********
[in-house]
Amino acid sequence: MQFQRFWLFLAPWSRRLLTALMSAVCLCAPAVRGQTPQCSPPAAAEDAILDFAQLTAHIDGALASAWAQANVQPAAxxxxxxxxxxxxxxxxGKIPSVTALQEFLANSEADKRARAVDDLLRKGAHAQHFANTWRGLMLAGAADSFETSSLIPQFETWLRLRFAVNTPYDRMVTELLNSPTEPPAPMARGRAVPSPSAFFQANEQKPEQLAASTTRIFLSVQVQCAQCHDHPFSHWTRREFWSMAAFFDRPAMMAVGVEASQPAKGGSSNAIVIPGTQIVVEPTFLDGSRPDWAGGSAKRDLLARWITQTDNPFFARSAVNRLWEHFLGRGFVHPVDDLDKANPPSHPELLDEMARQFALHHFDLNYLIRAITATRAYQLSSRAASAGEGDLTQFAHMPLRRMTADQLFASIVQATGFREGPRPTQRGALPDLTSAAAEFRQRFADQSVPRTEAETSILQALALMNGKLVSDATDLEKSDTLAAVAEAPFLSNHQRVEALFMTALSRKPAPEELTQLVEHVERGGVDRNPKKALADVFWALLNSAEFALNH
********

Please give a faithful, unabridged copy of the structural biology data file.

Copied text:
[in-house]
Amino acid sequence: MQFQRFWLFLAPWSRRLLTALMSAVCLCAPAVRGQTPQCSPPAAAEDAILDFAQLTAHIDGALASAWAQANVQPAAxxxxxxxxxxxxxxxxGKIPSVTALQEFLANSEADKRARAVDDLLRKGAHAQHFANTWRGLMLAGAADSFETSSLIPQFETWLRLRFAVNTPYDRMVTELLNSPTEPPAPMARGRAVPSPSAFFQANEQKPEQLAASTTRIFLSVQVQCAQCHDHPFSHWTRREFWSMAAFFDRPAMMAVGVEASQPAKGGSSNAIVIPGTQIVVEPTFLDGSRPDWAGGSAKRDLLARWITQTDNPFFARSAVNRLWEHFLGRGFVHPVDDLDKANPPSHPELLDEMARQFALHHFDLNYLIRAITATRAYQLSSRAASAGEGDLTQFAHMPLRRMTADQLFASIVQATGFREGPRPTQRGALPDLTSAAAEFRQRFADQSVPRTEAETSILQALALMNGKLVSDATDLEKSDTLAAVAEAPFLSNHQRVEALFMTALSRKPAPEELTQLVEHVERGGVDRNPKKALADVFWALLNSAEFALNH